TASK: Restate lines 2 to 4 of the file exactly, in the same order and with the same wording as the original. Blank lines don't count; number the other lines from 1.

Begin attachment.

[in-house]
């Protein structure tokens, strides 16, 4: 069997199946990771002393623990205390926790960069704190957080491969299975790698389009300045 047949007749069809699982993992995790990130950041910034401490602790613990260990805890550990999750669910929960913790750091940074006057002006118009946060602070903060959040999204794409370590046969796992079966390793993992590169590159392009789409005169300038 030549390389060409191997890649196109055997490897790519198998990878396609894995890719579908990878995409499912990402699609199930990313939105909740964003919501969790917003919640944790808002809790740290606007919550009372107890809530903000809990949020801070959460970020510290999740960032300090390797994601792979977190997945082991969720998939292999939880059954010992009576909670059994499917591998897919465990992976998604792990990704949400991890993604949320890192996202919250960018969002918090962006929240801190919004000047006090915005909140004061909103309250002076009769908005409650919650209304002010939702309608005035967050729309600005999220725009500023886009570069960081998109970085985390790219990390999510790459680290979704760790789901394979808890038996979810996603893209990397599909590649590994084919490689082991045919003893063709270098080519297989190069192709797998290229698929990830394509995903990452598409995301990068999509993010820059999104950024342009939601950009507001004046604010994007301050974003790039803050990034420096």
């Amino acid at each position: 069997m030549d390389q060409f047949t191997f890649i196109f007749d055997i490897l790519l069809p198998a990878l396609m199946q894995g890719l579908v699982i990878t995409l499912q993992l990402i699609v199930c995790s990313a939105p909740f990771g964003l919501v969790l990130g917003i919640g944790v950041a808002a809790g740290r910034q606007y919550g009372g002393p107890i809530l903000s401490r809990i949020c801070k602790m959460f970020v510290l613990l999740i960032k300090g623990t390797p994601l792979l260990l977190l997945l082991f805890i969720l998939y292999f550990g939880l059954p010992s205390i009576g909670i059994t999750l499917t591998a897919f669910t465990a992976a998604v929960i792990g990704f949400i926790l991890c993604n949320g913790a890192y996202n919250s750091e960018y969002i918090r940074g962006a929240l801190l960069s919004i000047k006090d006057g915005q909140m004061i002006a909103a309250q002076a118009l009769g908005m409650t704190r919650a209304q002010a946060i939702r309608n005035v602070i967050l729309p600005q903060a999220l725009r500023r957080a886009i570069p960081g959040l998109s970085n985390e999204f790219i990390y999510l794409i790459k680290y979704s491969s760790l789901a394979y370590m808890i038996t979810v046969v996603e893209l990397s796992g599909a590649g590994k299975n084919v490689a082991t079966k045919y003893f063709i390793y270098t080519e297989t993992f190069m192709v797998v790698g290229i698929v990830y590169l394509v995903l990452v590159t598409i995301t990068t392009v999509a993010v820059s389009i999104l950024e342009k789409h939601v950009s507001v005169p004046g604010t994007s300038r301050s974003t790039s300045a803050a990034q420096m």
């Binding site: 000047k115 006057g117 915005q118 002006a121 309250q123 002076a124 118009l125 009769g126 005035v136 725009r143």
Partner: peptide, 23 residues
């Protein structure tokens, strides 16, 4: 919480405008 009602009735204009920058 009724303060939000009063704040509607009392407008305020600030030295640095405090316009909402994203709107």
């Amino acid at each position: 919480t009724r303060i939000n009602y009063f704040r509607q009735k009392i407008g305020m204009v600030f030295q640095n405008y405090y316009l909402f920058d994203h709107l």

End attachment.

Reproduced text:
């Protein structure tokens, strides 16, 4: 069997199946990771002393623990205390926790960069704190957080491969299975790698389009300045 047949007749069809699982993992995790990130950041910034401490602790613990260990805890550990999750669910929960913790750091940074006057002006118009946060602070903060959040999204794409370590046969796992079966390793993992590169590159392009789409005169300038 030549390389060409191997890649196109055997490897790519198998990878396609894995890719579908990878995409499912990402699609199930990313939105909740964003919501969790917003919640944790808002809790740290606007919550009372107890809530903000809990949020801070959460970020510290999740960032300090390797994601792979977190997945082991969720998939292999939880059954010992009576909670059994499917591998897919465990992976998604792990990704949400991890993604949320890192996202919250960018969002918090962006929240801190919004000047006090915005909140004061909103309250002076009769908005409650919650209304002010939702309608005035967050729309600005999220725009500023886009570069960081998109970085985390790219990390999510790459680290979704760790789901394979808890038996979810996603893209990397599909590649590994084919490689082991045919003893063709270098080519297989190069192709797998290229698929990830394509995903990452598409995301990068999509993010820059999104950024342009939601950009507001004046604010994007301050974003790039803050990034420096």
């Amino acid at each position: 069997m030549d390389q060409f047949t191997f890649i196109f007749d055997i490897l790519l069809p198998a990878l396609m199946q894995g890719l579908v699982i990878t995409l499912q993992l990402i699609v199930c995790s990313a939105p909740f990771g964003l919501v969790l990130g917003i919640g944790v950041a808002a809790g740290r910034q606007y919550g009372g002393p107890i809530l903000s401490r809990i949020c801070k602790m959460f970020v510290l613990l999740i960032k300090g623990t390797p994601l792979l260990l977190l997945l082991f805890i969720l998939y292999f550990g939880l059954p010992s205390i009576g909670i059994t999750l499917t591998a897919f669910t465990a992976a998604v929960i792990g990704f949400i926790l991890c993604n949320g913790a890192y996202n919250s750091e960018y969002i918090r940074g962006a929240l801190l960069s919004i000047k006090d006057g915005q909140m004061i002006a909103a309250q002076a118009l009769g908005m409650t704190r919650a209304q002010a946060i939702r309608n005035v602070i967050l729309p600005q903060a999220l725009r500023r957080a886009i570069p960081g959040l998109s970085n985390e999204f790219i990390y999510l794409i790459k680290y979704s491969s760790l789901a394979y370590m808890i038996t979810v046969v996603e893209l990397s796992g599909a590649g590994k299975n084919v490689a082991t079966k045919y003893f063709i390793y270098t080519e297989t993992f190069m192709v797998v790698g290229i698929v990830y590169l394509v995903l990452v590159t598409i995301t990068t392009v999509a993010v820059s389009i999104l950024e342009k789409h939601v950009s507001v005169p004046g604010t994007s300038r301050s974003t790039s300045a803050a990034q420096m």
């Binding site: 000047k115 006057g117 915005q118 002006a121 309250q123 002076a124 118009l125 009769g126 005035v136 725009r143």